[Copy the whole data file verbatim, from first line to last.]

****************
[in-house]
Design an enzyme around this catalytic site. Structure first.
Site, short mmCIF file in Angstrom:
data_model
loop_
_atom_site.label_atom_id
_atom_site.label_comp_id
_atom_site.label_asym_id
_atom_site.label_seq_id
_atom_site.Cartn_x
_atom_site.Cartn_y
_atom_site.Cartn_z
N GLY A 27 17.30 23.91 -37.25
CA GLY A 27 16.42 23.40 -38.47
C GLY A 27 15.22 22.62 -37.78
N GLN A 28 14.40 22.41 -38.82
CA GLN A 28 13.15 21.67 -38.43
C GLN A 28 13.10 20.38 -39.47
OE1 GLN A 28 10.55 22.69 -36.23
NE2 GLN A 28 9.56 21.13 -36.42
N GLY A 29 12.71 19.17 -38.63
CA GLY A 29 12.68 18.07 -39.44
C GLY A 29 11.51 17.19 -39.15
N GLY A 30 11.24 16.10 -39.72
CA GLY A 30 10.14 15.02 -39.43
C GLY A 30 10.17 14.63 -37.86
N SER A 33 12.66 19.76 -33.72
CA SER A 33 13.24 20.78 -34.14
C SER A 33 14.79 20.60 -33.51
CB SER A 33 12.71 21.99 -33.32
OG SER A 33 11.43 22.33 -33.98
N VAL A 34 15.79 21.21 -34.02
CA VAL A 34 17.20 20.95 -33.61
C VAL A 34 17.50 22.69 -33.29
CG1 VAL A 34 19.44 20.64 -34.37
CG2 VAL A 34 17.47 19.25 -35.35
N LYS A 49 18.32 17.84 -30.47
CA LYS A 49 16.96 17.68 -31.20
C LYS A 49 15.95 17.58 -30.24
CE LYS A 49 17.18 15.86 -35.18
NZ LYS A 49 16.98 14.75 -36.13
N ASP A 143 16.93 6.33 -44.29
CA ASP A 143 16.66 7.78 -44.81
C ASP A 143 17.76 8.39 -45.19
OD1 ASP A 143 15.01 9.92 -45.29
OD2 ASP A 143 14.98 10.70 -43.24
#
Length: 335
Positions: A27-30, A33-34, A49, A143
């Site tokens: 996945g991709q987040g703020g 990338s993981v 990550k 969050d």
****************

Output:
[in-house]
Design an enzyme around this catalytic site. Structure first.
Site, short mmCIF file in Angstrom:
data_model
loop_
_atom_site.label_atom_id
_atom_site.label_comp_id
_atom_site.label_asym_id
_atom_site.label_seq_id
_atom_site.Cartn_x
_atom_site.Cartn_y
_atom_site.Cartn_z
N GLY A 27 17.30 23.91 -37.25
CA GLY A 27 16.42 23.40 -38.47
C GLY A 27 15.22 22.62 -37.78
N GLN A 28 14.40 22.41 -38.82
CA GLN A 28 13.15 21.67 -38.43
C GLN A 28 13.10 20.38 -39.47
OE1 GLN A 28 10.55 22.69 -36.23
NE2 GLN A 28 9.56 21.13 -36.42
N GLY A 29 12.71 19.17 -38.63
CA GLY A 29 12.68 18.07 -39.44
C GLY A 29 11.51 17.19 -39.15
N GLY A 30 11.24 16.10 -39.72
CA GLY A 30 10.14 15.02 -39.43
C GLY A 30 10.17 14.63 -37.86
N SER A 33 12.66 19.76 -33.72
CA SER A 33 13.24 20.78 -34.14
C SER A 33 14.79 20.60 -33.51
CB SER A 33 12.71 21.99 -33.32
OG SER A 33 11.43 22.33 -33.98
N VAL A 34 15.79 21.21 -34.02
CA VAL A 34 17.20 20.95 -33.61
C VAL A 34 17.50 22.69 -33.29
CG1 VAL A 34 19.44 20.64 -34.37
CG2 VAL A 34 17.47 19.25 -35.35
N LYS A 49 18.32 17.84 -30.47
CA LYS A 49 16.96 17.68 -31.20
C LYS A 49 15.95 17.58 -30.24
CE LYS A 49 17.18 15.86 -35.18
NZ LYS A 49 16.98 14.75 -36.13
N ASP A 143 16.93 6.33 -44.29
CA ASP A 143 16.66 7.78 -44.81
C ASP A 143 17.76 8.39 -45.19
OD1 ASP A 143 15.01 9.92 -45.29
OD2 ASP A 143 14.98 10.70 -43.24
#
Length: 335
Positions: A27-30, A33-34, A49, A143
């Site tokens: 996945g991709q987040g703020g 990338s993981v 990550k 969050d």